Dreaming of dreams
As I told you in my last blogpost, I had this wonderful experience of being picked for the World Tour with the Art2Life Academy and Nicholas Wilton and his team.
During this interview, Susan Melrath asked me if the motifs on my paintings came from a dream. This particular painting did not, but it made me think about painting your dreams. Many people dream a lot, and often when they wake up, they wonder: where did that come from? What does it mean?
In my art therapy education, we learned a lot about dreams, and one of the advices was to paint the dream, at least the strongest impression of it.
Carl Gustav Jung (1875 – 1961, psychologist) was very interested in dreams and meant that dreams were letters from your subconscious, and as such it would be wise to open and read them. Dreams are full of symbols, and when you paint what you dream, your paintings may have lots of symbols you wouldn’t dream of thinking about awake.
If you should paint your dreams, your paintings would truly be unique. And you might learn something about yourself. Think about what the symbols mean to you, what are your attitude to this symbol, how did you feel when you woke up, and most important; write them down! Maybe you say, I don’t dream, but if you decide you want to remember and keep a pen and a book by your bedside, you will remember more and more. I know it works.
Below is a painting I made of a dream I had many years back, in India. My boyfriend and I were on a meditation trip then, and every morning the group met up with our guide and had a dream sharing session. I don’t quite remember the dream now, but it was about a bride, riding in a car, downhill, and she had to jump out of it in order to throw up.
So what does it mean? What does a bride symbolize? A car? Vomiting? When you look at the painting, it looks like the car is driving into the bride’s head. Is she going to be overrun? Look at the colours in the background, red and black,…. Well, now, all these years after, I don’t remember how I interpreted it then, but it is interesting, because at that time, my boyfriend and I were discussing whether we should move in together, and I think I felt he was reluctant, and I was wondering; will it work?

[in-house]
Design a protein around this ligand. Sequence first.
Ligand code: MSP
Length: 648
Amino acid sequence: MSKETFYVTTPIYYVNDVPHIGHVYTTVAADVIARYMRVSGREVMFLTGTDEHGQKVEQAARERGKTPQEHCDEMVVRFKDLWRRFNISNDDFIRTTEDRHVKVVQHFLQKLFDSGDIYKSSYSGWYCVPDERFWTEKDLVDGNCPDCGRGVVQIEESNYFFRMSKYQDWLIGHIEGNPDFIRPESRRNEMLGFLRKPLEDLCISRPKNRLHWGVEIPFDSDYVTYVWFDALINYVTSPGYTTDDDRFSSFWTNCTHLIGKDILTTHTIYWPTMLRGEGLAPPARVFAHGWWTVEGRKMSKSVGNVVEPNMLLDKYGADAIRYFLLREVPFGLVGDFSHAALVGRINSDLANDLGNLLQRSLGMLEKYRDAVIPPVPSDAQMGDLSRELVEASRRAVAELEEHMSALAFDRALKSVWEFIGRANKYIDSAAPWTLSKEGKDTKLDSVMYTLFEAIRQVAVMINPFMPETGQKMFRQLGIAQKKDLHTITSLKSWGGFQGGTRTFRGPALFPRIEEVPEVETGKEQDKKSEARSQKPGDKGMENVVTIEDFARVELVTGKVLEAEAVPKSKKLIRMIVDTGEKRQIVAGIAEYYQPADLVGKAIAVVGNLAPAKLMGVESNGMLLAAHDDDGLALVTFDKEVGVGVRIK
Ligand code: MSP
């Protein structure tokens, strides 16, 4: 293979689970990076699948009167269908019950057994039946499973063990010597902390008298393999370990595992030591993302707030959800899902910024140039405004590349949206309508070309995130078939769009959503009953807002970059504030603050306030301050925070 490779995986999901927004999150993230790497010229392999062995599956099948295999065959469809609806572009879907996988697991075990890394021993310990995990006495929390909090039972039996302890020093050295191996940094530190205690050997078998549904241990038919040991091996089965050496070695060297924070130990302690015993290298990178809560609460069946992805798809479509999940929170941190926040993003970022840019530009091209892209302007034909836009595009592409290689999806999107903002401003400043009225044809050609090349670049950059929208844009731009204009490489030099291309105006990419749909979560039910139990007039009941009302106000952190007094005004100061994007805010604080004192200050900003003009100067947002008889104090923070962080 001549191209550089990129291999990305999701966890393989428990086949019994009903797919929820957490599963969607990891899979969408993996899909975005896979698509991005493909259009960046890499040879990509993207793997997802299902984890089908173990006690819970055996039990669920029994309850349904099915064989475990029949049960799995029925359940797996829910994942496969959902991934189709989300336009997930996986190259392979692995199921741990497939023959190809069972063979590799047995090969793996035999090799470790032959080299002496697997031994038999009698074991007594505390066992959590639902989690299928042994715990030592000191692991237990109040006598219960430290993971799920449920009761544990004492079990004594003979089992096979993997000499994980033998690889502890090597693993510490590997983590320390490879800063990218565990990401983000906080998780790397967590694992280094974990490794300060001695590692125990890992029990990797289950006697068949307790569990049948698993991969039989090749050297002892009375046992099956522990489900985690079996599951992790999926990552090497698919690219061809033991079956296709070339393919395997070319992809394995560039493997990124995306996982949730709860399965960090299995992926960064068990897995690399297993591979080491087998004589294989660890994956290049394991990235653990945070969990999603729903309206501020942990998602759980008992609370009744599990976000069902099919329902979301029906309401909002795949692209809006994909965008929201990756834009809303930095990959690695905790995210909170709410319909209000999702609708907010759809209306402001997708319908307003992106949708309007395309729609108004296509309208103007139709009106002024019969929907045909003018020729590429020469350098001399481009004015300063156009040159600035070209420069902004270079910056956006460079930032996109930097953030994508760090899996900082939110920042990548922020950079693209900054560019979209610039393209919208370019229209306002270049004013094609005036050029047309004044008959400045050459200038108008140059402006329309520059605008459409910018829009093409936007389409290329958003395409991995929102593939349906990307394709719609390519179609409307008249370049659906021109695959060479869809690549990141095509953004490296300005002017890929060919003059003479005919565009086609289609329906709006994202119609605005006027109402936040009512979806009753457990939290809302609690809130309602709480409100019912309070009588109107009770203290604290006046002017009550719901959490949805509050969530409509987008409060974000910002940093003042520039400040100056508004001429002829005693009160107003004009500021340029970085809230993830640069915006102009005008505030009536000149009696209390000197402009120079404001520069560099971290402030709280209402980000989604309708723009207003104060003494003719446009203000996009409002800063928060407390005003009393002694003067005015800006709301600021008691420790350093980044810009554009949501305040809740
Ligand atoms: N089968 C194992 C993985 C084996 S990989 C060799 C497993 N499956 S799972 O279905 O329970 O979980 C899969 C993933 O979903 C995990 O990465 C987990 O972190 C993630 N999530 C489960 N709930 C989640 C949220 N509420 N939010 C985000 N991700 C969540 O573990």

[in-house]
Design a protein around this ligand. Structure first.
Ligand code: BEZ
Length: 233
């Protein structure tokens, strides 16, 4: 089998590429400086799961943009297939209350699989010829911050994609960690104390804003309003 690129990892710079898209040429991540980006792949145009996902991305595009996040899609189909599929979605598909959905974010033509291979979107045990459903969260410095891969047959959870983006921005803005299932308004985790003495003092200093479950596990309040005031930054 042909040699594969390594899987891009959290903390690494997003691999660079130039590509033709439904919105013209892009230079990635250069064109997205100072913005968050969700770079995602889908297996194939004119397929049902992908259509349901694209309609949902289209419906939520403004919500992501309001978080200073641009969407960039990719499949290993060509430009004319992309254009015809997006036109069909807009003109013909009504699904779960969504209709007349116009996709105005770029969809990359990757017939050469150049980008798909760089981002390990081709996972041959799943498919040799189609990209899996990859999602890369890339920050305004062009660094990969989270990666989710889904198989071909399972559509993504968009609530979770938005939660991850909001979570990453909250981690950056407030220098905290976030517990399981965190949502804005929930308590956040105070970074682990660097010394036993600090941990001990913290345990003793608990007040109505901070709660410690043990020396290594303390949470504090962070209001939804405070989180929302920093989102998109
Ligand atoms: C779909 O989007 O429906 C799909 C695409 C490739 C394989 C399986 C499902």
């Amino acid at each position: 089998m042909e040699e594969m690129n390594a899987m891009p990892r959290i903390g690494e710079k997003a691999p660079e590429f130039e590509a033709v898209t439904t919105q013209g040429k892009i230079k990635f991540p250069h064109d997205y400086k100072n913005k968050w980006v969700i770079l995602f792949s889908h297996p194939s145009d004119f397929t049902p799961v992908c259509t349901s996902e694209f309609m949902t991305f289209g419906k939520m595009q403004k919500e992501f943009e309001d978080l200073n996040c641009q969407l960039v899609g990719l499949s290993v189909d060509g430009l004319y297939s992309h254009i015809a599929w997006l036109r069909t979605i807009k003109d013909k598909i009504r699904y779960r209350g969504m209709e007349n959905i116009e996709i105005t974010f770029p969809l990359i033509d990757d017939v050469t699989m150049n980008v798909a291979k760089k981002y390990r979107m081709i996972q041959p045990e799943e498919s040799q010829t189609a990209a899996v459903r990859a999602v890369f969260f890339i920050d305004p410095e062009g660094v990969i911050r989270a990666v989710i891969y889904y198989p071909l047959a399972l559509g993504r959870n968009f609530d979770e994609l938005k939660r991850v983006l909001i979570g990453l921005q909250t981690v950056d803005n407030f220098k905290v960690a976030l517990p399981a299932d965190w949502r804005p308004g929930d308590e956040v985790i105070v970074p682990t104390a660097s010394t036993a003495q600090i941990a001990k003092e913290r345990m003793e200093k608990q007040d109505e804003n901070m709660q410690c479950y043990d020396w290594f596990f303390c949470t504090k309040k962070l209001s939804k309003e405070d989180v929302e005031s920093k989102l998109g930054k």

The interview on Art2Life lasted a little more than 20 minutes, and I thought I would share it with you. However, 20 minutes is long, so now it is clipped down to 6 minutes. You can see it here if you are interested: https://youtu.be/lTr7r30st4A
The Closing Party
This fall’s painting course in my studio was finalised last night. After 6 weeks of painting exercises, I thought it was time for a party. Many students had other appointments that evening, but the rest of us had a great time.
During the party the students could buy tickets in order to win one of my paintings.
And here is the happy winner! Anne Liv.
Edvard Munch and Marlene Dumas
At the Munch Museum here in Oslo there is now a wonderful exhibition curated by the french artist Marlene Dumas. It shows works by Munch and Dumas, side by side, and the theme are Moon rising – Måneoppgang. There is a lot to be said about this exhibition, but that would be too much here. It is a strong exhibition, and many of Dumas’ paintings are very moving. Last week I went to see it together with a friend, and one of the paintings left quite different impressions on us. Her is the painting:
My friend Astrid thought this painting visualised a little girl peeking into another room. While I thought it was a little girl who had been hanged.
What do you think the painting is about?
I would love to hear your thought about this.
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